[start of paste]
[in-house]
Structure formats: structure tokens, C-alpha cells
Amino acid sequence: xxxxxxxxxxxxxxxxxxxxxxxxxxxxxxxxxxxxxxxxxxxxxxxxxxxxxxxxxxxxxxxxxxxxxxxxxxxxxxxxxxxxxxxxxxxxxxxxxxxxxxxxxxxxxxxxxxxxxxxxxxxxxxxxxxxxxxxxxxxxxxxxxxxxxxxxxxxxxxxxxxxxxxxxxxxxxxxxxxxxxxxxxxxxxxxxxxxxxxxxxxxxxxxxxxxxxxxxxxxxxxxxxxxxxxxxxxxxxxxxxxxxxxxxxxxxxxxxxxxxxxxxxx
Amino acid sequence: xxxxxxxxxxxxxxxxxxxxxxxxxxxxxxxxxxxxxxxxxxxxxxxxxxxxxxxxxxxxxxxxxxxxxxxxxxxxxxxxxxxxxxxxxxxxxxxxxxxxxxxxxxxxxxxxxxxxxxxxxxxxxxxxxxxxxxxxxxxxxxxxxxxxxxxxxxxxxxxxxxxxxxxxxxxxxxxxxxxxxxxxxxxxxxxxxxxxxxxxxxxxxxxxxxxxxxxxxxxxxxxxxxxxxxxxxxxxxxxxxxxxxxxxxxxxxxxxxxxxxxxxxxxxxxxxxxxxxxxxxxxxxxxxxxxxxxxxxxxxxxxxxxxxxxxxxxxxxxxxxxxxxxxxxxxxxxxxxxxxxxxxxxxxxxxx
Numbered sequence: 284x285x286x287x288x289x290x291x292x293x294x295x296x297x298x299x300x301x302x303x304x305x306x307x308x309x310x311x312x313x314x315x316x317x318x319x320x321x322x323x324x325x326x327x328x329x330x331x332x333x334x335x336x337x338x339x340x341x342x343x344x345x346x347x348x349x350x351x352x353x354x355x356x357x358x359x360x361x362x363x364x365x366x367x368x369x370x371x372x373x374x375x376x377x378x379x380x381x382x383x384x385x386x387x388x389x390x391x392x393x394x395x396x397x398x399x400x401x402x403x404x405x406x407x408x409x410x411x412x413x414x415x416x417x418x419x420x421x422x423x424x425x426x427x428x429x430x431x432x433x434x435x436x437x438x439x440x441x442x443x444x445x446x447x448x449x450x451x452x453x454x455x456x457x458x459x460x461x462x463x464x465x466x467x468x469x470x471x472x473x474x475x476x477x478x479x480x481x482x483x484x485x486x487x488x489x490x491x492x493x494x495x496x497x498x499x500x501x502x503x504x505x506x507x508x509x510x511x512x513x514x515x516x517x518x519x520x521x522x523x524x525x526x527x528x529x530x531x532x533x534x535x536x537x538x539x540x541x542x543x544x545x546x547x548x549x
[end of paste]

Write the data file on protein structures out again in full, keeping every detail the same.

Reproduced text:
[in-house]
Structure formats: structure tokens, C-alpha cells
Amino acid sequence: xxxxxxxxxxxxxxxxxxxxxxxxxxxxxxxxxxxxxxxxxxxxxxxxxxxxxxxxxxxxxxxxxxxxxxxxxxxxxxxxxxxxxxxxxxxxxxxxxxxxxxxxxxxxxxxxxxxxxxxxxxxxxxxxxxxxxxxxxxxxxxxxxxxxxxxxxxxxxxxxxxxxxxxxxxxxxxxxxxxxxxxxxxxxxxxxxxxxxxxxxxxxxxxxxxxxxxxxxxxxxxxxxxxxxxxxxxxxxxxxxxxxxxxxxxxxxxxxxxxxxxxxxx
Amino acid sequence: xxxxxxxxxxxxxxxxxxxxxxxxxxxxxxxxxxxxxxxxxxxxxxxxxxxxxxxxxxxxxxxxxxxxxxxxxxxxxxxxxxxxxxxxxxxxxxxxxxxxxxxxxxxxxxxxxxxxxxxxxxxxxxxxxxxxxxxxxxxxxxxxxxxxxxxxxxxxxxxxxxxxxxxxxxxxxxxxxxxxxxxxxxxxxxxxxxxxxxxxxxxxxxxxxxxxxxxxxxxxxxxxxxxxxxxxxxxxxxxxxxxxxxxxxxxxxxxxxxxxxxxxxxxxxxxxxxxxxxxxxxxxxxxxxxxxxxxxxxxxxxxxxxxxxxxxxxxxxxxxxxxxxxxxxxxxxxxxxxxxxxxxxxxxxxxx
Numbered sequence: 284x285x286x287x288x289x290x291x292x293x294x295x296x297x298x299x300x301x302x303x304x305x306x307x308x309x310x311x312x313x314x315x316x317x318x319x320x321x322x323x324x325x326x327x328x329x330x331x332x333x334x335x336x337x338x339x340x341x342x343x344x345x346x347x348x349x350x351x352x353x354x355x356x357x358x359x360x361x362x363x364x365x366x367x368x369x370x371x372x373x374x375x376x377x378x379x380x381x382x383x384x385x386x387x388x389x390x391x392x393x394x395x396x397x398x399x400x401x402x403x404x405x406x407x408x409x410x411x412x413x414x415x416x417x418x419x420x421x422x423x424x425x426x427x428x429x430x431x432x433x434x435x436x437x438x439x440x441x442x443x444x445x446x447x448x449x450x451x452x453x454x455x456x457x458x459x460x461x462x463x464x465x466x467x468x469x470x471x472x473x474x475x476x477x478x479x480x481x482x483x484x485x486x487x488x489x490x491x492x493x494x495x496x497x498x499x500x501x502x503x504x505x506x507x508x509x510x511x512x513x514x515x516x517x518x519x520x521x522x523x524x525x526x527x528x529x530x531x532x533x534x535x536x537x538x539x540x541x542x543x544x545x546x547x548x549x